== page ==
And no one would EVER forget to apply masking tape with one's family name on the bottom of anyone's Tupperware receptacle if it had to be abandoned for some reason at say, a wake, or the home of a sick relative. Maybe white trash would drop off their offerings in Blue Bonnet butter bowls, but WE were better than that. We were raised right -- TRYING not to look down on the Rubbermaid households of our community (maybe they just didn't know any better?) But you know: Kids can be cruel.

And that masking tape was INVIOLABLE -- even families caught in the grip of cancer, death, or unimaginable grief thoroughly comprehended that they had a limited window to wash that Tupperware and return it to its rightful owner -- even if it meant dumping the contents into a Blue Bonnet butter bowl, for later, quiet, contemplative consumption..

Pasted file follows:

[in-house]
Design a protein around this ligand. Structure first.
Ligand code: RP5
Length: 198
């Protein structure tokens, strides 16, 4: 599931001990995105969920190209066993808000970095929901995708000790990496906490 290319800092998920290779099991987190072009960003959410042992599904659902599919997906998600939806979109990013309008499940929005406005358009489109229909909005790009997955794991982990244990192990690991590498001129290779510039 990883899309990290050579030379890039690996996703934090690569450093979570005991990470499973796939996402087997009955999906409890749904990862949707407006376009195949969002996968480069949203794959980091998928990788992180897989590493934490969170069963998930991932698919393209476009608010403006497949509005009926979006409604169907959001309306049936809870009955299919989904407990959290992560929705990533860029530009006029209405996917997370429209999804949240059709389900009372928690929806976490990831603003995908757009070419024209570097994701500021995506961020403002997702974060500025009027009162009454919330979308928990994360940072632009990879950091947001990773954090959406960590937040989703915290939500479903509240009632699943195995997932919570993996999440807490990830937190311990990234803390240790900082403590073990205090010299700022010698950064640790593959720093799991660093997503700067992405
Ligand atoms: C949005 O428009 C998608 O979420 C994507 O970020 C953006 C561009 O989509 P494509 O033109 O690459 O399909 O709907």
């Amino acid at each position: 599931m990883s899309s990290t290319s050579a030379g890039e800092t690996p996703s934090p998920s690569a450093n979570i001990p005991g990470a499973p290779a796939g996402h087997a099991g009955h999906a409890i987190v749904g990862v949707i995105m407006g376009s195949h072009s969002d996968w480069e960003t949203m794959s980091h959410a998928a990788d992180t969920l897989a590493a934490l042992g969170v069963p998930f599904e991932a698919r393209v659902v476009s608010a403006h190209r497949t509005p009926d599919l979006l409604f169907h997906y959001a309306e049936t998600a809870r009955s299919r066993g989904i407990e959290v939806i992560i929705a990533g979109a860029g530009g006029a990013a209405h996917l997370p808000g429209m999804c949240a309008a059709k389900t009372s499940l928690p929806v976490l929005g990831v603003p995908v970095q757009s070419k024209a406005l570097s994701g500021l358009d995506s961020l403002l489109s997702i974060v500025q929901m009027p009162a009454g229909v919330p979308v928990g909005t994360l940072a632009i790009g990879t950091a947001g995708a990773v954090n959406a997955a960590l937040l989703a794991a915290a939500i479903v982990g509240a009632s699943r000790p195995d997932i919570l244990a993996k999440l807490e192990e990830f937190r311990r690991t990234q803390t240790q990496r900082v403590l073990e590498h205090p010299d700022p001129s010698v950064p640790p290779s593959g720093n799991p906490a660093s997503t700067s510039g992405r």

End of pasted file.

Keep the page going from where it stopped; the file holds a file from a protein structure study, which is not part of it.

Thursday, June 4, 2009


Today is a designated Bitter Aunt Day.

Take the Kid to the office; keep her fed; keep her entertained; Mom picks her up sometime tonight and expects to find her alive and healthy.

It's a good system.

She got a little bored at the office when her Nintendo died and she didn't have the right power cord to charge it. Then we found her a website where she could take clothes on and off a Barbie (pretty SURE it was a kids' site) and she was happy. As happy as any kid can be watching grown-ups performing "editing" and "accounting."

The plan was to pick up Josie's for lunch and dinner as a Treat -- but she actually begged to cook instead. And what she begged FOR was broccoli. Her favorite since she was about 3. Who could say No.

She's turning into a pretty good sous chef.

My childcare skills probably need a little work.